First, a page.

My project: Power a Beaglebone Black (BBB) entirely from solar energy. Obviously energy efficiency is crucial here. My setup so far: PV panel connected to a deep-cycle lead acid battery. Now I need to get from the battery's 12V to 5V (2A) for the BBB.

Most similar projects suggest the use of a UBEC (Universal Battery Elimination Circuit), like this one. However, I am not sure if this is the right thing for me. The efficiency curve of a typical UBEC drops pretty badly for low currents. I expect the BBB to spent most of the time idle, i.e. draw around 150 mA, which means that efficiency would be pretty low.

Is an UBEC the best solution or are there more efficient ways to supply 5V/2A(max) for my purpose? Since my soldering arts are rather limited, I would prefer a ready-made solution.

  • 1
    \$\begingroup\$ SLA C-ratings scale poorly. How long would you have to draw from it for? \$\endgroup\$ – Ignacio Vazquez-Abrams Nov 19 '13 at 13:12
  • \$\begingroup\$ 24/7 :) The SLA is quite large (100Ah) \$\endgroup\$ – n1000 Nov 19 '13 at 15:09
  • \$\begingroup\$ You can find DC-DC modules on eBay for cheap, that only require 4 solder points. \$\endgroup\$ – Ignacio Vazquez-Abrams Nov 19 '13 at 15:16
  • \$\begingroup\$ Thank you! Which type should I use (when I mostly draw very small currents)? \$\endgroup\$ – n1000 Nov 19 '13 at 15:25
  • \$\begingroup\$ Can't remember the part number. Just look at the module details and pull up the datasheet for the regulator. \$\endgroup\$ – Ignacio Vazquez-Abrams Nov 19 '13 at 15:27

In terms of efficiency, this is about as good as it will get. The most efficient method of transforming the voltage from 12V to 5V is to use a buck converter as opposed to a linear regulator. The UBEC is a buck converter. For power levels in this range, an efficiency of over 90% is considered good.

If you were willing to search around for a custom buck controller IC and do some PCB design, you could potentially eke out up to 96% by selecting an IC that includes a technology called synchronous rectification. An example of such an IC is https://www.fairchildsemi.com/ds/FA/FAN2001.pdf (however note that the input voltage on this IC only goes up to 5.5V)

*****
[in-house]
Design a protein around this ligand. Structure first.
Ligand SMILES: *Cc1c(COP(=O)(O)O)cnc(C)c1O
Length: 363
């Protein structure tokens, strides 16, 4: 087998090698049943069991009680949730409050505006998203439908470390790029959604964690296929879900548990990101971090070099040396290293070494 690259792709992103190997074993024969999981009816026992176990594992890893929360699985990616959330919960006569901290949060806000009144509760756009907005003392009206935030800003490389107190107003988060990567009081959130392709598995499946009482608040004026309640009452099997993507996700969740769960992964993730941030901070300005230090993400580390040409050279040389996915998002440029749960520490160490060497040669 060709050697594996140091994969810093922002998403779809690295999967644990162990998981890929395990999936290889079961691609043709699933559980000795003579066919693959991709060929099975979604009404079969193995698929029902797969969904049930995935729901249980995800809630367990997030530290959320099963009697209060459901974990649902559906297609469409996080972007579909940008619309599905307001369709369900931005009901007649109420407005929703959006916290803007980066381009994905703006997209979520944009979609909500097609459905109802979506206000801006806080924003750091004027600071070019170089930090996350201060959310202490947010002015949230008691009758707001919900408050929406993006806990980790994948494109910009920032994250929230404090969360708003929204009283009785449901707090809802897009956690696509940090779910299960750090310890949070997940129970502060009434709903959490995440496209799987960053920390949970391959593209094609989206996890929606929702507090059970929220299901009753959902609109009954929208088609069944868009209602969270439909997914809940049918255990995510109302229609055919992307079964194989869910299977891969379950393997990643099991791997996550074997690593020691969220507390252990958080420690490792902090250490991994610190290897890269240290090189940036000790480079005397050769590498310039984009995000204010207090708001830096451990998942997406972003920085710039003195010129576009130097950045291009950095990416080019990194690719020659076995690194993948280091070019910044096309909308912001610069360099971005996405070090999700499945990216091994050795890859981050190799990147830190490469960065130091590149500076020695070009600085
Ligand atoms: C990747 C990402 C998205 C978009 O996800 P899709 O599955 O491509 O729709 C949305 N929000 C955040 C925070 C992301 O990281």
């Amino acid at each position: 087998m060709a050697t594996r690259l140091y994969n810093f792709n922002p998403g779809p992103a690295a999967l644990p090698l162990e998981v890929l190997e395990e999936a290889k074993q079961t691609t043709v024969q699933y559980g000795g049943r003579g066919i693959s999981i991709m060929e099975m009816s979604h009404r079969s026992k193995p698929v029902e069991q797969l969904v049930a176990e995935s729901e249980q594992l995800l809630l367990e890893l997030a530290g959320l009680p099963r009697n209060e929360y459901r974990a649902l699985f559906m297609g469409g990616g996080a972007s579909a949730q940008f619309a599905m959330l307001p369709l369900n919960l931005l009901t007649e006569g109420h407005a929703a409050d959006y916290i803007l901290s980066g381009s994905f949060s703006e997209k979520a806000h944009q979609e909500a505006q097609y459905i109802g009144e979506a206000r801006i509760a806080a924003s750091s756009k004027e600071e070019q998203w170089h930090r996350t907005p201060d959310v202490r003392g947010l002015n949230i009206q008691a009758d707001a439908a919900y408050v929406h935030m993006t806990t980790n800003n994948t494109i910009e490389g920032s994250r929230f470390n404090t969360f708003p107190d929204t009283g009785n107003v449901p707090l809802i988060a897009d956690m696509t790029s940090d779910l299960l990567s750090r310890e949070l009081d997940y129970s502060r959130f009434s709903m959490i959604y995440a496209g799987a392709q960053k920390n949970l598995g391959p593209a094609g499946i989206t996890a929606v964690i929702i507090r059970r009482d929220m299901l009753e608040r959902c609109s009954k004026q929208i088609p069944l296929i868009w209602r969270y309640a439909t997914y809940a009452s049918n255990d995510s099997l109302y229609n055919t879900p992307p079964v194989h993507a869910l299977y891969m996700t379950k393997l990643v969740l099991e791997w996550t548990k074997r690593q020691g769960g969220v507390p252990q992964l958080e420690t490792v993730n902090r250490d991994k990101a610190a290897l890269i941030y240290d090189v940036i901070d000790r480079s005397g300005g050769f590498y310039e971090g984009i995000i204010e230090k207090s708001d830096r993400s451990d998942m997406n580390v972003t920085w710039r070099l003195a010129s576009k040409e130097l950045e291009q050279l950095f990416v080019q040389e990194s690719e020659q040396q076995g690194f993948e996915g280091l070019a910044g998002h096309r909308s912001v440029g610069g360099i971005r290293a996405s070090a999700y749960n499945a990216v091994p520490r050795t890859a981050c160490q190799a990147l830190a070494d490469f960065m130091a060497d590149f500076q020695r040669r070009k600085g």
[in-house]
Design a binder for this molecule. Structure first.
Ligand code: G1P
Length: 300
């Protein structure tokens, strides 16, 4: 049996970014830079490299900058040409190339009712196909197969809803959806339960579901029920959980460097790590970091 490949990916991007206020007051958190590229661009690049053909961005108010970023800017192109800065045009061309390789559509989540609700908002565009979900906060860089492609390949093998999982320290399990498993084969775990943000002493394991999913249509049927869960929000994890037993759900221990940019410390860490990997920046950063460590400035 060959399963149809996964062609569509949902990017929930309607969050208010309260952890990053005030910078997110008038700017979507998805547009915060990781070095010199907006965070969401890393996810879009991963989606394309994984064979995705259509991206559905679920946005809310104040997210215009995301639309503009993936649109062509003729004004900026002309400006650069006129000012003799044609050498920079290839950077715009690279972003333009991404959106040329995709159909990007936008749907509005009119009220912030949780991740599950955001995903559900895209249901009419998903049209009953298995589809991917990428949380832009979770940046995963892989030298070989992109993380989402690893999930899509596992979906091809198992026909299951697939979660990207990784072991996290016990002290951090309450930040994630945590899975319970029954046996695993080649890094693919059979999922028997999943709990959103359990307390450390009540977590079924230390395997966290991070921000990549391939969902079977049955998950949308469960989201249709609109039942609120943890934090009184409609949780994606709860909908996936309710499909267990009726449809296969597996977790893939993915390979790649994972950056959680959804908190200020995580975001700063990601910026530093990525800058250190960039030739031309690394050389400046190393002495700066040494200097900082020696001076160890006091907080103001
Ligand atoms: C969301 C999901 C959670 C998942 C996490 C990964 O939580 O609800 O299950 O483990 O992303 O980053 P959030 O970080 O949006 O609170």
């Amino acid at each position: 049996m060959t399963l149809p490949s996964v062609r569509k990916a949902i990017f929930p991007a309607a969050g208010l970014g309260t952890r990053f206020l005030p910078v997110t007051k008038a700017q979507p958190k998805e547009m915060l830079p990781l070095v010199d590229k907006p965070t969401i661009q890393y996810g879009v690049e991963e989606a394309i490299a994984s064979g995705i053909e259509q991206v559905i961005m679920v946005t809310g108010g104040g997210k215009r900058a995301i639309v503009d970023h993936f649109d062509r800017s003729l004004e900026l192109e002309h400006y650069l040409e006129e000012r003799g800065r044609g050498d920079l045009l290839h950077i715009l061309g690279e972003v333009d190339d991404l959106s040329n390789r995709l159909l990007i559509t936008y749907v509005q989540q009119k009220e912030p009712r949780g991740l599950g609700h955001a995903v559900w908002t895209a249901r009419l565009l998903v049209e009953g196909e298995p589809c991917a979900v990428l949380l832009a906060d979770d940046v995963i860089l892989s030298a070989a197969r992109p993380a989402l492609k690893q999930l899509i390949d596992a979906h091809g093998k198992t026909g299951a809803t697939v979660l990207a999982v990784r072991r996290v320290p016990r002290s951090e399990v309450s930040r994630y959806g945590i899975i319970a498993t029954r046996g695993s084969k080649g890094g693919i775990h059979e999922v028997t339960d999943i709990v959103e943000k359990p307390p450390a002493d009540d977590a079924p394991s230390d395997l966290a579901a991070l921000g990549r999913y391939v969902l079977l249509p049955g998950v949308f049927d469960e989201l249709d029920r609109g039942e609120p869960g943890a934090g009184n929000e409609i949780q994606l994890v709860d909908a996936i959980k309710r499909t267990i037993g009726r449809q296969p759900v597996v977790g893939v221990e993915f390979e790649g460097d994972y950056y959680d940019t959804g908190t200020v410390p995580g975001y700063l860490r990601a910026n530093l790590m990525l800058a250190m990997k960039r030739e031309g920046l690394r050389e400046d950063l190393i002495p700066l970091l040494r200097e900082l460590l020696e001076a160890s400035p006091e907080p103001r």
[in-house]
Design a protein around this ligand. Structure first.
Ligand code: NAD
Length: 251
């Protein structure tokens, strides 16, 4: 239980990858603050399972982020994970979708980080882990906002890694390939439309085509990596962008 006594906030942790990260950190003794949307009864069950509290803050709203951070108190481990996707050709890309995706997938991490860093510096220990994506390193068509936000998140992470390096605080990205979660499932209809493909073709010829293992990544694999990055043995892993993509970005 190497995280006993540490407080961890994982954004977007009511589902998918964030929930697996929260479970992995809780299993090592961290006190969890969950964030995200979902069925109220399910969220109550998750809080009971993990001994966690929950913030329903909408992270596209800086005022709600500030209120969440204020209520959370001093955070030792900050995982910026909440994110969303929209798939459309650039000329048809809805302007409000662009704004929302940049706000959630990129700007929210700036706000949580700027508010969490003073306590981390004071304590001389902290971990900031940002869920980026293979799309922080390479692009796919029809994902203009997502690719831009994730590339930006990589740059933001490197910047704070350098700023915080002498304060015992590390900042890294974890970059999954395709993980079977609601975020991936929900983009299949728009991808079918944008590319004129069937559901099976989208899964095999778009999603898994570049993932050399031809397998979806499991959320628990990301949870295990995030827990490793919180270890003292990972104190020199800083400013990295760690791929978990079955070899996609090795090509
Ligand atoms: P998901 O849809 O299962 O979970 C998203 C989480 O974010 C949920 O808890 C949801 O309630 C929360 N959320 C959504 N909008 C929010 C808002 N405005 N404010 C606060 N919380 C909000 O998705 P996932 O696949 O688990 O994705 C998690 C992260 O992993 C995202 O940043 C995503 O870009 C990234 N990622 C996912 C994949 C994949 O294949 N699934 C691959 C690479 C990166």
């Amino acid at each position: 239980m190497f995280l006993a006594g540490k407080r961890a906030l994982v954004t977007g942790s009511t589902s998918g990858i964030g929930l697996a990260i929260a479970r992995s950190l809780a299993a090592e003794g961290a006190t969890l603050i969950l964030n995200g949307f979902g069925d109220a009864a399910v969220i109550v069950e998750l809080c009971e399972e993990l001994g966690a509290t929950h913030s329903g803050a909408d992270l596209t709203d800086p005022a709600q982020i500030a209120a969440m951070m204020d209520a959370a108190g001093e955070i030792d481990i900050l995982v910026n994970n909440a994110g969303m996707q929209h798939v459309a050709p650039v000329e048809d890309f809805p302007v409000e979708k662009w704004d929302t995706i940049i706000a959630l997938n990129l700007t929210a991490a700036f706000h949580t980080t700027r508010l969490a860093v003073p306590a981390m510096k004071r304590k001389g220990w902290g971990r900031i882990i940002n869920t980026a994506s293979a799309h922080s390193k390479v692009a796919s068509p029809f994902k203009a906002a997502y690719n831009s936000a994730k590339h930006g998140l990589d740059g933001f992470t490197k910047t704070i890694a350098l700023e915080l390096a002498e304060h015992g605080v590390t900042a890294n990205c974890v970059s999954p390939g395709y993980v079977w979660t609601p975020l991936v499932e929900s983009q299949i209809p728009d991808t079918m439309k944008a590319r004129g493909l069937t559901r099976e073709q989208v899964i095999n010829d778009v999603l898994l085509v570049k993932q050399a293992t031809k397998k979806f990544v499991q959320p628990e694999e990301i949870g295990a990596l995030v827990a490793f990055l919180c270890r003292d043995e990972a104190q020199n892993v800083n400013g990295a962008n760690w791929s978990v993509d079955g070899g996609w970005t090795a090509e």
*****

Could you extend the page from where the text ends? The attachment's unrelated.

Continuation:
With synchronous rectification, you can still achieve a good efficiency at low current levels (see page 5 in the pdf). For 100mA you can still get well over 90% efficiency.

  • \$\begingroup\$ OP's question is about a solution with 90$ for low, 100mA draws on average. They know it can do 90%, simply that the chosen device needs ~300mA before it will have that efficiency... \$\endgroup\$ – Passerby Nov 28 '13 at 21:34
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    \$\begingroup\$ @Passerby Please don't downvote if you don't take time to read the answer properly. Take a look at the pdf of the datasheet and you will see such a solution can offer good efficiency at both nominal and low loads. \$\endgroup\$ – mr_js Nov 29 '13 at 11:04

The output voltage is stable when you connect your beaglebone to the normal DC power supplies. While the output of solar output need to be regulated by Maximum Power Point Tracking (MPPT) algorithms to keep stable. Normal buck IC like UBEC or FAN2002 do not provide MPPT capability.

As most solar converters aim to generate large power, there are rare ICs designed for portable power level applications. But there does exist some, such as LT3652 from Linear. And due to the same reason, a simplified version of MPPT algos is used here which resulted lower MPPT efficiency compared large power counterparts. It claims:

When powered by a solar panel, the LT3652 implements MPPT operation by simply programming the minimum input voltage level to that panel’s peak power voltage, VMP. The desired peak-power volt- age is programmed via a resistor divider.

The accurate efficiency hasn't stated, but I guess it should be around 80~90%. This is already the state-of-the-art solution.

  • \$\begingroup\$ Maybe I did not fully understand your answer. I already have a solar charger and would like to power the beaglebone from the SLA battery, not the PV module. So input will be more or less stable at 12V. UBECs, as the one I referred to, do have broad input ranges (6V-23V). \$\endgroup\$ – n1000 Dec 2 '13 at 19:59

I don't know if your still looking for an answer, but here is a buck converter claiming up to 96% efficiency:


It would be a good idea to contact them for a data sheet.

Or this one:


Both are only a few dollars!


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